Pickerington Times-Sun

Be the Match 5K

Aug. 17 race proclaims need for bone marrow donors

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Emily Reincheld crosses the finish line under her own power during the 2012 Be the Match 5K walk and run. Her father, Victor, pushed her in a wheelchair until she neared the finish line. Reincheld, a Pickerington resident, received a successful bone marrow transplant earlier this year and plans to participate in the Be the Match 5K on Saturday, Aug. 17, at Bicentennial Park, 233 Civic Center Drive in Columbus.

A central Ohio woman who earlier this year received a successful bone marrow transplant plans to participate in the second Columbus Be the Match 5K walk and run Saturday, Aug. 17, at Bicentennial Park, 233 Civic Center Drive in Columbus.

"I'm not a vampire any more," said Emily Reincheld, 22, a graduate of Pickerington High School North, about no longer needing frequent blood transfusions.

The 5K raises money for bone marrow transplants and research and is intended to increase awareness about the need for donors.

Reincheld was pushed in a wheelchair for most of the event in July 2012, but this year, she said she will walk and run on her own.

"I'm excited to be on my feet for this year's walk and run," said Reincheld, who recently returned to work at Cup O' Joe in Bexley.

Reincheld said she will be joined in the 5K by her family and friends.

Last year, Reincheld's sister, Katie Curry, 25, organized "Emily's Entourage," a group of about 30 family members and friends.

They were the largest group at the event and want to repeat the effort this year, but with a different outlook and goal.

Shortly after her 21st birthday in May 2012, Reincheld was diagnosed with severe aplastic anemia, a condition in which bone marrow does not produce enough new cells to replenish blood cells.

Curry and two younger brothers each expected to donate the bone marrow their sister needed to survive, but they were not matches.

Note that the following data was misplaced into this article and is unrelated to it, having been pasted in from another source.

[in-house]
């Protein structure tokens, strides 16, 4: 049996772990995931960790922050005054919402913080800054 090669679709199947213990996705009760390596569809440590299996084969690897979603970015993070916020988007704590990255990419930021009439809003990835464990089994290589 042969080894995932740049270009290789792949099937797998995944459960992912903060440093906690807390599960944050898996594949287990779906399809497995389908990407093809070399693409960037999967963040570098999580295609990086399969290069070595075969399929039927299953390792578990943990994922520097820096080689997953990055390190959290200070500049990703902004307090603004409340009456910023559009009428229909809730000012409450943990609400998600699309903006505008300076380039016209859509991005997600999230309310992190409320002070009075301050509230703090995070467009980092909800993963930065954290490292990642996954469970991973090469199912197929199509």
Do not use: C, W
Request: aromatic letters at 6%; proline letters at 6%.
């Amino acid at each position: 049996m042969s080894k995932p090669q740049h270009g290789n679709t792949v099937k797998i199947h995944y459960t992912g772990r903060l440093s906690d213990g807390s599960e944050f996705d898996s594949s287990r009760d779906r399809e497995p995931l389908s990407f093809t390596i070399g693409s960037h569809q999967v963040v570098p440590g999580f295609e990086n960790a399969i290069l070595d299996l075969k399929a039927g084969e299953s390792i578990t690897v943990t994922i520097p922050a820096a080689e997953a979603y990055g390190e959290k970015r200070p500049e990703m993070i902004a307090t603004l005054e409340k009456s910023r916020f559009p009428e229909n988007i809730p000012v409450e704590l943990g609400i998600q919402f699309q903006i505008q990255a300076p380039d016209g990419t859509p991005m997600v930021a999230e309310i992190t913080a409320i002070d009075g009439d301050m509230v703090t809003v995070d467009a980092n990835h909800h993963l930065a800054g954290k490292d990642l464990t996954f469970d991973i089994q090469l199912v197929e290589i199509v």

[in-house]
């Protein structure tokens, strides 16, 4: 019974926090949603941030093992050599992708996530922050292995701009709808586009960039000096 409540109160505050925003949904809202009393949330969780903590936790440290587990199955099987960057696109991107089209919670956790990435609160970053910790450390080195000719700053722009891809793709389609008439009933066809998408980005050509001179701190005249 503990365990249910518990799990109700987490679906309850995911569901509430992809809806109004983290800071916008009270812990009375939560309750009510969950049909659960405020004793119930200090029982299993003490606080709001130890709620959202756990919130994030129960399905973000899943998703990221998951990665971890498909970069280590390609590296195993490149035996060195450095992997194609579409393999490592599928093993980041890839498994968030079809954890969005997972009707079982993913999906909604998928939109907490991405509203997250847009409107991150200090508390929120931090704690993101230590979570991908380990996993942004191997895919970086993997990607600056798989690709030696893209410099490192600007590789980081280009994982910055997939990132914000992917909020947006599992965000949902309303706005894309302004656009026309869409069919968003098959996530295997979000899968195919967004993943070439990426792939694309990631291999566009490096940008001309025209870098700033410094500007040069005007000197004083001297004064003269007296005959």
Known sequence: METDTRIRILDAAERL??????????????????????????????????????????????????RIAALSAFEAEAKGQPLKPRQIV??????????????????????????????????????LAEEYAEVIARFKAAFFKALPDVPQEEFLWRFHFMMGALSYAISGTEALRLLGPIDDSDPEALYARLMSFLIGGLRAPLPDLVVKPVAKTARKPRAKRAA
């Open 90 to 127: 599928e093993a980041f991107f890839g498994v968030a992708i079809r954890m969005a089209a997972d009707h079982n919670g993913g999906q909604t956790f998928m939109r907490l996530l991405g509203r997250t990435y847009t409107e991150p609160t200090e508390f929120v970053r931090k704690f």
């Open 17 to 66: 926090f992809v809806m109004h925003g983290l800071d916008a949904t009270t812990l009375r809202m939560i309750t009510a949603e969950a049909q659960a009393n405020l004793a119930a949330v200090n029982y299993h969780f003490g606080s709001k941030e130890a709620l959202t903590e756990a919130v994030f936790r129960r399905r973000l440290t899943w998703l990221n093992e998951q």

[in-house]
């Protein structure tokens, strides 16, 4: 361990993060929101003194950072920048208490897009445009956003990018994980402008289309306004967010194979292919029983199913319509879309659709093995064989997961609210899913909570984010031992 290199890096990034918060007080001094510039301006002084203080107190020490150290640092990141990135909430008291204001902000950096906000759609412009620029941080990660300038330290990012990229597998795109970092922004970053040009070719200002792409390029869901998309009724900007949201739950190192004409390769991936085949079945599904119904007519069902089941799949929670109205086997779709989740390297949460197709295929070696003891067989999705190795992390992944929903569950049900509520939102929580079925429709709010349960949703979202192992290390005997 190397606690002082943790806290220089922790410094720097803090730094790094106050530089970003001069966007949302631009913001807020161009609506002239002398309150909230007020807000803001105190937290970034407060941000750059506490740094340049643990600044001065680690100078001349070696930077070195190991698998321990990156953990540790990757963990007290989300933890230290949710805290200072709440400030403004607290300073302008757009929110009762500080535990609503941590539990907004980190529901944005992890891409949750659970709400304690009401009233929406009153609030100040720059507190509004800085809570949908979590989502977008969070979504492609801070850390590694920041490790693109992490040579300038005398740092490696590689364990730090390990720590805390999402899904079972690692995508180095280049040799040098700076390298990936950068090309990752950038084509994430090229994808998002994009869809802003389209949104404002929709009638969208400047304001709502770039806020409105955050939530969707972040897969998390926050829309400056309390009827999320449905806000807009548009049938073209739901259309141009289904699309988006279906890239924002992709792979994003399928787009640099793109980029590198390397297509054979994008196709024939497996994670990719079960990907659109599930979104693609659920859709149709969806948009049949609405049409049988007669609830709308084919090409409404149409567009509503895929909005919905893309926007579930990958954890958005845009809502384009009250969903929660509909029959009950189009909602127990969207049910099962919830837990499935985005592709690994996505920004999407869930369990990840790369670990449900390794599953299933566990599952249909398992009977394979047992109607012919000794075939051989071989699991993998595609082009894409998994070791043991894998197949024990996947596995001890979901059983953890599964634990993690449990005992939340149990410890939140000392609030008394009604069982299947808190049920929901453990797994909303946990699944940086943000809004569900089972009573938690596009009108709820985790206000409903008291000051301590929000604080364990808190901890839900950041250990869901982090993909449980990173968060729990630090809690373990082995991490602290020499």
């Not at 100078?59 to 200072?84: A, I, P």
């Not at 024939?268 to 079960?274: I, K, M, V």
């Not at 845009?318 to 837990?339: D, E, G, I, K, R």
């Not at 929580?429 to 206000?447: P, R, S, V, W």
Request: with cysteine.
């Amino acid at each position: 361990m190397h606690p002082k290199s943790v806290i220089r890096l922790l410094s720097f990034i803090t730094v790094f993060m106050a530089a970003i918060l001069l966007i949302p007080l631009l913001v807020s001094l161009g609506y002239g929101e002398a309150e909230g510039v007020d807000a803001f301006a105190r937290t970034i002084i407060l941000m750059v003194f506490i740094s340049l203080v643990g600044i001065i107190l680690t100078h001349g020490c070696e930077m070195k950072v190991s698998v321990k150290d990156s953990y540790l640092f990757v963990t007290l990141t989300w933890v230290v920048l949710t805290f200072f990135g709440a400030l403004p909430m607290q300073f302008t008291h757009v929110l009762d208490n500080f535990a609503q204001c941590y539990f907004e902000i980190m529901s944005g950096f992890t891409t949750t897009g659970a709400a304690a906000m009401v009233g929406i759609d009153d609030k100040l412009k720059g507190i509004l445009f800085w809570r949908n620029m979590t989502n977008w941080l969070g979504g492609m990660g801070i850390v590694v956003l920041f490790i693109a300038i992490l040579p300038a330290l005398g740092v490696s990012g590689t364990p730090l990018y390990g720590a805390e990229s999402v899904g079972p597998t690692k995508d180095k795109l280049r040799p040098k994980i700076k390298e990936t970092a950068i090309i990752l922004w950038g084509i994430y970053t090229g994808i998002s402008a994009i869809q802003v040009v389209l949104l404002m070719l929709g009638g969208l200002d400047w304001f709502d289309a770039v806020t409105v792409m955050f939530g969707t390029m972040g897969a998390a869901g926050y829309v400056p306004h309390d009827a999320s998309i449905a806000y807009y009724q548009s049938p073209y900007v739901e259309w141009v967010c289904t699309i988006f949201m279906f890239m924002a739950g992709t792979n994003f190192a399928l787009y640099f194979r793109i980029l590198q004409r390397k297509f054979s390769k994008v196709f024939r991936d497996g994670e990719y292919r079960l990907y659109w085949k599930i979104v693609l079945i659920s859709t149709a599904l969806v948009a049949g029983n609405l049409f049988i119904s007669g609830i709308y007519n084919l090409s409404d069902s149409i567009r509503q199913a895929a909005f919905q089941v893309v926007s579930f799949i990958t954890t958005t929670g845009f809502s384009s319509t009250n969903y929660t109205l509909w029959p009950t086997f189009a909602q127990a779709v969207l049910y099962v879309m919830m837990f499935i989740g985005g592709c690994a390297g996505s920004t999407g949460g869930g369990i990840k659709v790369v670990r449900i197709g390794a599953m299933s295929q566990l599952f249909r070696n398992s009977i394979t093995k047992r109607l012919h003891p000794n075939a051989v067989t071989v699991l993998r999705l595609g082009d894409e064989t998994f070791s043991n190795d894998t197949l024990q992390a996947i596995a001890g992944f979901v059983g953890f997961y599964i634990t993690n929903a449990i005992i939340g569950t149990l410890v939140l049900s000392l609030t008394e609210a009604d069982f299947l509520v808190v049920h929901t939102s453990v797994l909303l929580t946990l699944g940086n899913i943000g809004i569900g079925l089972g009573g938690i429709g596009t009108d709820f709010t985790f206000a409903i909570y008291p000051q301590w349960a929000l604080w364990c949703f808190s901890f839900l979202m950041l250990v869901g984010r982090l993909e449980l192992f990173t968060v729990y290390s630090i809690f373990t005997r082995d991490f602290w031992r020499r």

From May to December last year, Reincheld underwent several failed treatments but early this year, she learned of a matching donor.

She was admitted March 9 to the Arthur G. James Cancer Hospital at the Ohio State University for pretreatments, including chemotherapy and radiation, and received the bone marrow transplant March 14.

She remained hospitalized for a month after the procedure.

"I'm a normal human being again," Reincheld said.

She said she has to wait one year before she can learn the identity of her donor. The Be the Match Foundation, which keeps a registry of bone marrow donors, facilitates an introduction after one year if both the donor and patient wish to meet.

"I definitely want to know my donor," said Reincheld, whose family has already sent anonymous thank you letters to her donor.

Meanwhile, she said, she and her family are helping the Be the Match Foundation reach this year's goal of 600 participants in the 5K and a fundraising goal of $60,000.

Last year, 494 participants raised $52,000, said Marshall Brown, an account executive with Be the Match.

The Columbus Be the Match event is one of 13 in the United States this year and the only in Ohio, Brown said.

"The next nearest is either St. Louis or Richmond (Va.)," Brown said.

Registration for the 5K begins at 8:30 a.m. Aug. 17 at Bicentennial Park. Advance registration is available at bethematchwalkrun.org.

The 5K walk and run begins at 10 a.m. A1K will begin immediately after the field of 5K walkers and runners departs.

Entry to the 5K is $30. The 1K entry fee is $15 and a children's run, which begins at 9:45 a.m., is $10.